Remember: Subordinates are adept at identifying duplicity. Strengthening their commitment begins at the top.

Strategy 2: Empower subordinates to demonstrate integrity.

Make integrity the focal point for the organization’s operations. However, if subordinates are to exhibit this virtue in their work, interactions and exchange of ideas, they must know what integrity means and requires.

This strategy requires public administrators to:

  • Assist subordinates to identify and codify what integrity means in different situations.
  • When making decisions, uphold integrity by continuously referring to those codified meanings.
  • Challenge subordinates to hold themselves and each other accountable as a team for conducting themselves with integrity.
  • Include those codified meanings as one element of the annual evaluation process by having subordinates offer examples of how they’ve taken the high road by conducting themselves with integrity.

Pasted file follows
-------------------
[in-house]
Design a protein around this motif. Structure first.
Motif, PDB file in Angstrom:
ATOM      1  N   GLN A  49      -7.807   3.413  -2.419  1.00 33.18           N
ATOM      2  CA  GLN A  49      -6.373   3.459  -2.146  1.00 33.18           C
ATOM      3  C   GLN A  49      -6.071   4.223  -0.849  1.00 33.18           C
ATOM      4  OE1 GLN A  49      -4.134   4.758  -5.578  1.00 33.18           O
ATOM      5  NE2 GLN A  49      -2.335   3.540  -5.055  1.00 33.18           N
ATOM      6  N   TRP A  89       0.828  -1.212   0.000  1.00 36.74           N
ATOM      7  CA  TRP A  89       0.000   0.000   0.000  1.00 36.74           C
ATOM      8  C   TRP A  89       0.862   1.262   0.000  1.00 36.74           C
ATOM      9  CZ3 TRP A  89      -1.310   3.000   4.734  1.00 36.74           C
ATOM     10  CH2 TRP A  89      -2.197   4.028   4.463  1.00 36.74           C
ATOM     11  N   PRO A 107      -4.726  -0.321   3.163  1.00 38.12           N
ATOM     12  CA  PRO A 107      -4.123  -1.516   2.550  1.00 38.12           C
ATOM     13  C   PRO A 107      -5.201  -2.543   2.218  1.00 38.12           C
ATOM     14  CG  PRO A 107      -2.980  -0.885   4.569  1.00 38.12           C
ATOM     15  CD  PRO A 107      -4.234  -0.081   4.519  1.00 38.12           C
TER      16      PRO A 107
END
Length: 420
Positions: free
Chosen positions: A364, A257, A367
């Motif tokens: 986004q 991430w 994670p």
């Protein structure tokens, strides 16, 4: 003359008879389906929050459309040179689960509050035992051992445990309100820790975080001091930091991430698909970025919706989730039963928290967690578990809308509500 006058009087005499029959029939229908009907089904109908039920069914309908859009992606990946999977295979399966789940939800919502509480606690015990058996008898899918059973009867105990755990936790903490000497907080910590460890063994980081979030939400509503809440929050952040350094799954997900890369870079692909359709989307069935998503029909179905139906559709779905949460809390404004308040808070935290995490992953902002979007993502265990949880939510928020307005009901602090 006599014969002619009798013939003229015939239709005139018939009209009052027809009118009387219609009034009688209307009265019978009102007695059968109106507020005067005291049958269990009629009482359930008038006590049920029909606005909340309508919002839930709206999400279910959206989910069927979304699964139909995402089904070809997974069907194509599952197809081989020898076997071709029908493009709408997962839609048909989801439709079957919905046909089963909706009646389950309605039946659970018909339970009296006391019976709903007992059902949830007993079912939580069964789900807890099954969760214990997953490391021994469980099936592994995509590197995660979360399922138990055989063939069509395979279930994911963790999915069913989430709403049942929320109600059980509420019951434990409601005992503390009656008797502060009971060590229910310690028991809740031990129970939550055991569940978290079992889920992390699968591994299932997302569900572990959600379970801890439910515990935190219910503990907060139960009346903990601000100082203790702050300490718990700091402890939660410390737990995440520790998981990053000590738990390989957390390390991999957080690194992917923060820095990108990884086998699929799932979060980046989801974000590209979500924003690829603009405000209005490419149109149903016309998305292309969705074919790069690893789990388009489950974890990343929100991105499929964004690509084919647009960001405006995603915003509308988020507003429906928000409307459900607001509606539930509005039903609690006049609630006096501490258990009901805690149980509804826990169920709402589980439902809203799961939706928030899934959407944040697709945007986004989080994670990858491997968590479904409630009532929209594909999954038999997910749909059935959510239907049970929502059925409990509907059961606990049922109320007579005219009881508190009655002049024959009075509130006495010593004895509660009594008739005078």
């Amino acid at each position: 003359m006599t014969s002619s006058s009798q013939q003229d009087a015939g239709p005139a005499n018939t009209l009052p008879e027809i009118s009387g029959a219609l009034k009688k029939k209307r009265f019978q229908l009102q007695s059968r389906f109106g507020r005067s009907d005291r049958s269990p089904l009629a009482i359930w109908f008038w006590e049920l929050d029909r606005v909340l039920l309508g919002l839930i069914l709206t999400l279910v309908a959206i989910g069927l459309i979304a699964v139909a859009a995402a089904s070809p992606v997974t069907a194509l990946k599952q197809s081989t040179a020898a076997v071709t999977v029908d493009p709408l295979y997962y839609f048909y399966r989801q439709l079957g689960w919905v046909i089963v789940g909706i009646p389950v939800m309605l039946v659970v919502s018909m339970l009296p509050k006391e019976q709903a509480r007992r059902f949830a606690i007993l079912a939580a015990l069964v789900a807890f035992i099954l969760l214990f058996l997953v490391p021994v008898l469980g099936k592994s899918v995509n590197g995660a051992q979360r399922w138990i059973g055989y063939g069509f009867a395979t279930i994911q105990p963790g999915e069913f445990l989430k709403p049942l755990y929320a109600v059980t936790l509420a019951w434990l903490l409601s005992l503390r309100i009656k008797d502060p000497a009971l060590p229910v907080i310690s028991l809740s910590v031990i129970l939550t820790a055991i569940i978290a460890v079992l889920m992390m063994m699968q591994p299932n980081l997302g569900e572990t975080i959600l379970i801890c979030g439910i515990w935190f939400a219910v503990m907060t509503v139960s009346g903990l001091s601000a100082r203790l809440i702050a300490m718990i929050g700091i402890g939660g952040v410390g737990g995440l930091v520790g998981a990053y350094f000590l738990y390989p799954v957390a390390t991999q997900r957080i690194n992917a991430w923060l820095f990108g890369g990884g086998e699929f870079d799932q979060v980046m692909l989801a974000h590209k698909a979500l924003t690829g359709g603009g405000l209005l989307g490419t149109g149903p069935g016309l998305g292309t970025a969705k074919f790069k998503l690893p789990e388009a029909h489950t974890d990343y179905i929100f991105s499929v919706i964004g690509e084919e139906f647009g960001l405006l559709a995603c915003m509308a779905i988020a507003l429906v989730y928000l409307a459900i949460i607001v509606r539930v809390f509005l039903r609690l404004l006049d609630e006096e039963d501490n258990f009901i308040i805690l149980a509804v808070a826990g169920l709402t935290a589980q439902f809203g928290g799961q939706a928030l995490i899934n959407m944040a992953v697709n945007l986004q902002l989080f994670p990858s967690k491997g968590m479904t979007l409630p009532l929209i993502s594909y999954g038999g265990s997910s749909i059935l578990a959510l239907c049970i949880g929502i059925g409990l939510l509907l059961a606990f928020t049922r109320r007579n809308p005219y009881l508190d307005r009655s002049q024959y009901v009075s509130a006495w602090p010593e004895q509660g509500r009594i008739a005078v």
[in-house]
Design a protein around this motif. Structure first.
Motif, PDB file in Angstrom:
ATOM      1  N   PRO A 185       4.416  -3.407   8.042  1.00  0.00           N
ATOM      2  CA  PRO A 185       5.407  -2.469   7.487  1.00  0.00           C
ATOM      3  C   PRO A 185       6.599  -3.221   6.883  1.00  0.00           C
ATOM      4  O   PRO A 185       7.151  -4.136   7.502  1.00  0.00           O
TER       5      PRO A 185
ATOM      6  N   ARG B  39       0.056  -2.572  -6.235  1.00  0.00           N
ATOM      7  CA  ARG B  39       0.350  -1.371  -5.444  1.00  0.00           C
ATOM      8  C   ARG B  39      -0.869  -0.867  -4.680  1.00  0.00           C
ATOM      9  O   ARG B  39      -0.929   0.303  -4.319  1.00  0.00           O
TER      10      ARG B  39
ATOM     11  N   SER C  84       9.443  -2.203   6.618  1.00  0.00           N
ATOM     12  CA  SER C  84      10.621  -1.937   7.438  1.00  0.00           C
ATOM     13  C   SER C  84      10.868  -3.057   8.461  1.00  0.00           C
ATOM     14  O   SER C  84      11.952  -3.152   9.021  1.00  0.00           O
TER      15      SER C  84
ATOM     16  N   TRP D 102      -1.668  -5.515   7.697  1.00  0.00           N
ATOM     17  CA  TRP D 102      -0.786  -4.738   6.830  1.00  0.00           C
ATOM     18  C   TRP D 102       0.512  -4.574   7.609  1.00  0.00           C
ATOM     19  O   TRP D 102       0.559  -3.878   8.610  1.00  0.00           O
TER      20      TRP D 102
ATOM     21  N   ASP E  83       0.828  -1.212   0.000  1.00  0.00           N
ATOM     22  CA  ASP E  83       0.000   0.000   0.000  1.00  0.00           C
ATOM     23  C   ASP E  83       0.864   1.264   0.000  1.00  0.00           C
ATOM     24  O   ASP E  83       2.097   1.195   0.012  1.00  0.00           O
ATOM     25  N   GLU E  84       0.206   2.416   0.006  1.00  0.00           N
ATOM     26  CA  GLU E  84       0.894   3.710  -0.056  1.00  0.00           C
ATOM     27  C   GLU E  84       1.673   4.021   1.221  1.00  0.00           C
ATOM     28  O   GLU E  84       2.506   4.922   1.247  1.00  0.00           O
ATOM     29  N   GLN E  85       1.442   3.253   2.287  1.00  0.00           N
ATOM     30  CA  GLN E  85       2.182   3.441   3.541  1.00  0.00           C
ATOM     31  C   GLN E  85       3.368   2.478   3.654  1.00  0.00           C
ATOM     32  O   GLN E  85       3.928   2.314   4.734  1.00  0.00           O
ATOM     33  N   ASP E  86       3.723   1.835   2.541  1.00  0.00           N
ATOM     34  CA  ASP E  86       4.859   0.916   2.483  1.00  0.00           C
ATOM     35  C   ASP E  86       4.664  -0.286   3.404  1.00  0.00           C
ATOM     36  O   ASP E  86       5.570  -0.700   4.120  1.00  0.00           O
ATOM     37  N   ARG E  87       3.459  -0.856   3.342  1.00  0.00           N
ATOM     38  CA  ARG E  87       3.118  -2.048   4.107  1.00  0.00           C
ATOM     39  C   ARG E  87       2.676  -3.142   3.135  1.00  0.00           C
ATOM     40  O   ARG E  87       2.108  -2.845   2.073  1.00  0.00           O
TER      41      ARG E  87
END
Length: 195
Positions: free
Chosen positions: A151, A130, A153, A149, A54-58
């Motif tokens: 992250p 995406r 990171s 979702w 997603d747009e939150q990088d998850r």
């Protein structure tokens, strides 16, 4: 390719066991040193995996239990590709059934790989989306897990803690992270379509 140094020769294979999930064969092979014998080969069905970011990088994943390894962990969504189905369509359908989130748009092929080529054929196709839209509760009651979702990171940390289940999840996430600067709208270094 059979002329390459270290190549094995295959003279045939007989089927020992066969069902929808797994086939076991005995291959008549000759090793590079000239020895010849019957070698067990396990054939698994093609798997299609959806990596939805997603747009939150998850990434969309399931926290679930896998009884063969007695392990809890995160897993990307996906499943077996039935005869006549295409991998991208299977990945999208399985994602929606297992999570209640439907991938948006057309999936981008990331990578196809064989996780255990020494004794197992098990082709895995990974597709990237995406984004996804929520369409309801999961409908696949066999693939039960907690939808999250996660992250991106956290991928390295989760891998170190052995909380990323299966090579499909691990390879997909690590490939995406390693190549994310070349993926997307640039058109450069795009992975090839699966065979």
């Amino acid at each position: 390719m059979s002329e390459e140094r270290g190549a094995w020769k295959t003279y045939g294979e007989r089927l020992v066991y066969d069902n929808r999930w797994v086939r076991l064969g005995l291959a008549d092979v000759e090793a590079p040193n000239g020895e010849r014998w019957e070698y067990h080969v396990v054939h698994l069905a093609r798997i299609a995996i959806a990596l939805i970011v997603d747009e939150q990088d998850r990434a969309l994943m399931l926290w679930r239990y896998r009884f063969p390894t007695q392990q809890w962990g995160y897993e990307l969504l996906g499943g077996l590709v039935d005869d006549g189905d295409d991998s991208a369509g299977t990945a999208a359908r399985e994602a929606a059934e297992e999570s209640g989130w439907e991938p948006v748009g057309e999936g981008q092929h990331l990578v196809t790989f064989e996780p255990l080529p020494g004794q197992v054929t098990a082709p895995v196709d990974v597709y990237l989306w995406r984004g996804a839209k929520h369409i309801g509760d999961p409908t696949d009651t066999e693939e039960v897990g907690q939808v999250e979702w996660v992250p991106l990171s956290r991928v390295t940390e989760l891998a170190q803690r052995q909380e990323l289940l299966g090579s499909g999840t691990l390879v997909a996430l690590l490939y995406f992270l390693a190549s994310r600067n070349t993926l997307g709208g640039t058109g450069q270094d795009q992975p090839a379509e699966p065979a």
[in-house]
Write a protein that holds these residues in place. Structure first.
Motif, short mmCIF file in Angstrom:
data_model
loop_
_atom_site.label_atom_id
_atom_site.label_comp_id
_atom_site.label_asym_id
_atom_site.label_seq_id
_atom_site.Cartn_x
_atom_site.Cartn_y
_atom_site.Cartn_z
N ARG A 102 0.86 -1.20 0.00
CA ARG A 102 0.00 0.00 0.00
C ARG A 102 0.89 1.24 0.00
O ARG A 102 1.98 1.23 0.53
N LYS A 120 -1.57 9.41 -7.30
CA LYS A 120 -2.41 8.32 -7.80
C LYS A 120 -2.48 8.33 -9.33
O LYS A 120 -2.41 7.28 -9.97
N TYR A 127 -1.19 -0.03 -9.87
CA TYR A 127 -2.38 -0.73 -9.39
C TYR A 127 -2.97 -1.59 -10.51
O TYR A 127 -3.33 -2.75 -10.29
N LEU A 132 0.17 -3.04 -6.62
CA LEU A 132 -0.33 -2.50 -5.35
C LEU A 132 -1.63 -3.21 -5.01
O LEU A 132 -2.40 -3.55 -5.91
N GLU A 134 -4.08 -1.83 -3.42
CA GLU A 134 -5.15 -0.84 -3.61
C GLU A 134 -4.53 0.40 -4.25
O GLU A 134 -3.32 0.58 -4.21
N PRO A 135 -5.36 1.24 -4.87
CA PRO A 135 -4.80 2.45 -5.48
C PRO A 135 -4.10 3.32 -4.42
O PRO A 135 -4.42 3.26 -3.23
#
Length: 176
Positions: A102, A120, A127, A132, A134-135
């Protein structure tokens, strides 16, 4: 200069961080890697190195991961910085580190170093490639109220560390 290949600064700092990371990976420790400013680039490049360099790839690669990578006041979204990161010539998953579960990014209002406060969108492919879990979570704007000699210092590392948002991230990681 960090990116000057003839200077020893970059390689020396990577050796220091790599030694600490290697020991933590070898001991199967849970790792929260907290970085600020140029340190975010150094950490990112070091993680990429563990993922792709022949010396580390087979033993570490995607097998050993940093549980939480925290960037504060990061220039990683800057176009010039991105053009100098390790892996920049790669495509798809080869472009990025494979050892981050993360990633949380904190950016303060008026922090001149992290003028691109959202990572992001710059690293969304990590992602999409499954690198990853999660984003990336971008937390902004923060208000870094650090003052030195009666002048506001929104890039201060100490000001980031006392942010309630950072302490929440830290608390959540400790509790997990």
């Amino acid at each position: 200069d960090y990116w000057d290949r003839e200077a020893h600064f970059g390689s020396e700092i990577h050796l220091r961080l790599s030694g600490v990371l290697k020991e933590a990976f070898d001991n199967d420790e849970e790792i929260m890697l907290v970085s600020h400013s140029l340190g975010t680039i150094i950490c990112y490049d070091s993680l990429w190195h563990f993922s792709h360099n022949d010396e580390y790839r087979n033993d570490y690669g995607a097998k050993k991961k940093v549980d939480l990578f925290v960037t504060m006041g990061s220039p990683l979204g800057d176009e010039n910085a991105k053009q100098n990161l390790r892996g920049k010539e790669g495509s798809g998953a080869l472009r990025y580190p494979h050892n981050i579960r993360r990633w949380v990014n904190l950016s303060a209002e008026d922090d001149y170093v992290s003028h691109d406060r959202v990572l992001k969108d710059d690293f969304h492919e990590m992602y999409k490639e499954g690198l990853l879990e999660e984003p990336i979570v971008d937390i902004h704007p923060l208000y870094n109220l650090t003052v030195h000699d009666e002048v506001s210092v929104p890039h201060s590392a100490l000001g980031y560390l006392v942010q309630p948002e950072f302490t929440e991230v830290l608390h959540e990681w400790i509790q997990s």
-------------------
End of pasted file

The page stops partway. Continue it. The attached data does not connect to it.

Remember: Empowering subordinates to demonstrate integrity strengthens it.

Strategy 3: Prevent, detect and deter any lack of integrity.

For integrity to characterize the organization’s culture, as in, “How we do things around here,” administrators must not waver in promoting integrity as the cornerstone of organizational operations.

Continuous ethics and compliance training assists in this regard, especially with online digital technologies offering public administrators a venue to provide customized, compelling, and intensive ethics training through individual and group learning modules. These can take a variety of forms: